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Catching Up With Our Bodies:
Reflections on Teacher Burnout

Voice of ExperienceDoes teaching consume your life? In this candid reflection, teacher Brenda Dyck describes the signs of teachers consumed by the job. Have you experienced some of the signs of burnout Dyck describes? Read what a teacher whose mind and body are in sync might look like. Included: Tips for tackling burnout plus links to teacher wellness resources on the Web!

"In the deep jungles of Africa, a traveler was making a long trek. Coolies had been engaged from a tribe to carry the loads. The first day they marched rapidly and went far. The traveler had high hopes of a speedy journey. But the second morning these jungle tribesmen refused to move. For some strange reason they just sat and rested. On inquiry as to the reason for this strange behavior, the traveler was informed that they had gone too fast the first day, and that they were now waiting for their souls to catch up with their bodies."

-- Lettie Cowman, Springs in the Valley

It happened again last February. Once again I found myself thinking about the profession that I've been a part of since I was 21 years of age. Back then, February had more to do with Valentine's Day, the upcoming school musical, and most importantly, my new husband. Over the years, I have noticed that February is a time when many educators start to question

  • why they chose this profession in the first place,
  • why the line between personal and professional life is so unclear,
  • why so many teachers are weary and cynical,
  • whether it is possible to regain their previous zeal.

February is the time of year when teachers who have had one too many February experiences may choose to leave the profession.

In the past, I would silence those February questions by going to bed early for a few weeks, temporarily cutting back on the hours I spent at school, and cutting back my marking load. Within a few weeks, I'd be back in the saddle not only feeling better but also feeling rejuvenated for the last term of school.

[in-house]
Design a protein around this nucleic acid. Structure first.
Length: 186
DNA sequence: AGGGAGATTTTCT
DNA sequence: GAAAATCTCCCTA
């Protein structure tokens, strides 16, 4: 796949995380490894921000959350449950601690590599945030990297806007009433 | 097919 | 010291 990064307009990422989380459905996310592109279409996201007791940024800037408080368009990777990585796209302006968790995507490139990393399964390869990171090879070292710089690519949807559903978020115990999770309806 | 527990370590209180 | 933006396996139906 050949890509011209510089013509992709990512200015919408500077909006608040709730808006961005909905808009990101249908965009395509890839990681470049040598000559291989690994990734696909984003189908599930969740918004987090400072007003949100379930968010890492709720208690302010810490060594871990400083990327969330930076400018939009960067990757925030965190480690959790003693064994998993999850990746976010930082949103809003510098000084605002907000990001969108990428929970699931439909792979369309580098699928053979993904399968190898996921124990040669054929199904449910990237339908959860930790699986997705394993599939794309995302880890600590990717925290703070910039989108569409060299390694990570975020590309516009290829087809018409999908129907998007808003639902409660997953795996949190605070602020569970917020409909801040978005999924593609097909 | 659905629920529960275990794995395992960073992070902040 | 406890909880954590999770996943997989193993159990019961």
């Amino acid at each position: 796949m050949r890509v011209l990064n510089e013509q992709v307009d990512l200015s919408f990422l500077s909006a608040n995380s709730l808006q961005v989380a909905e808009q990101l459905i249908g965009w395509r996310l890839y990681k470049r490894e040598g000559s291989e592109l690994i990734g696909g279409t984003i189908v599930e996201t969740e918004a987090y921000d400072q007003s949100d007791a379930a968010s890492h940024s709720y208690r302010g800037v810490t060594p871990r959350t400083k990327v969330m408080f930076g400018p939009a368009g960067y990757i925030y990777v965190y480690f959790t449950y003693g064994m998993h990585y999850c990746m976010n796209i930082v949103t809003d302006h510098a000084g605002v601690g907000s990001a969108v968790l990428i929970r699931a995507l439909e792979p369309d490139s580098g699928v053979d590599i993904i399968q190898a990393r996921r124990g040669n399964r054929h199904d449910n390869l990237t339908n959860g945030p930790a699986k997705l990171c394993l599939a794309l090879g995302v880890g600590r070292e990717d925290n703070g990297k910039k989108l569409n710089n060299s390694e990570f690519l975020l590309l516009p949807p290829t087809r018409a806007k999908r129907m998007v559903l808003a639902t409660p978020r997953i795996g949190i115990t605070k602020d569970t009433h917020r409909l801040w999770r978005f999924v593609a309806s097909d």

I've been thinking about how it has become much more common to see teachers withdraw to refuel or even disappear from the profession altogether. Perhaps as a result, there seems to be a growing awareness within the teaching profession that overwork by teachers is, in the end, counterproductive to creating a healthy learning community. "Teachers who experience burnout are less sympathetic toward students, are less committed to and involved in their jobs, have a lower tolerance for classroom disruption, are less apt to prepare adequately for class, and are generally less productive," observed Kenneth Leithwood, professor and head of the Center for Leadership Development at the Ontario Institute for Studies in Education, University of Toronto.

This year it occurred to me that my little February regime was really a Band-Aid solution -- a quick fix that temporarily solved the problem. Lettie Cowman's insightful tale caused me to consider whether each February my soul was actually trying to catch up with my body.

Like most educators, I spend most of my year thinking, breathing, and living school, so it was quite possible that this absorption had left my soul far behind! Fueled by that thought, I determined to use Stephen Covey's method of "beginning with the end in mind." What would a teacher whose body and soul were in sync look like? After talking with colleagues, and those outside our profession, I came up with a few benchmarks. An "in-sync" teacher, I've determined, might

  • take care of self and family first;
  • reclaim time to think;
  • put a little more life into self;
  • leave paperwork at school;
  • limit late hours at school; and
  • make a concentrated effort to think and talk and dream about family and interests.

It is interesting to note that in Lettie Cowman's story, we never find out how long it takes for the soul to catch up with the body. Maybe that's because it's the lessons we learn while waiting that are the most valuable.


  • Creating Balance
    This article examines "being in balance," "balancing," and the importance of knowing the difference.


Article by Brenda A. Dyck
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Updated 01/18/2008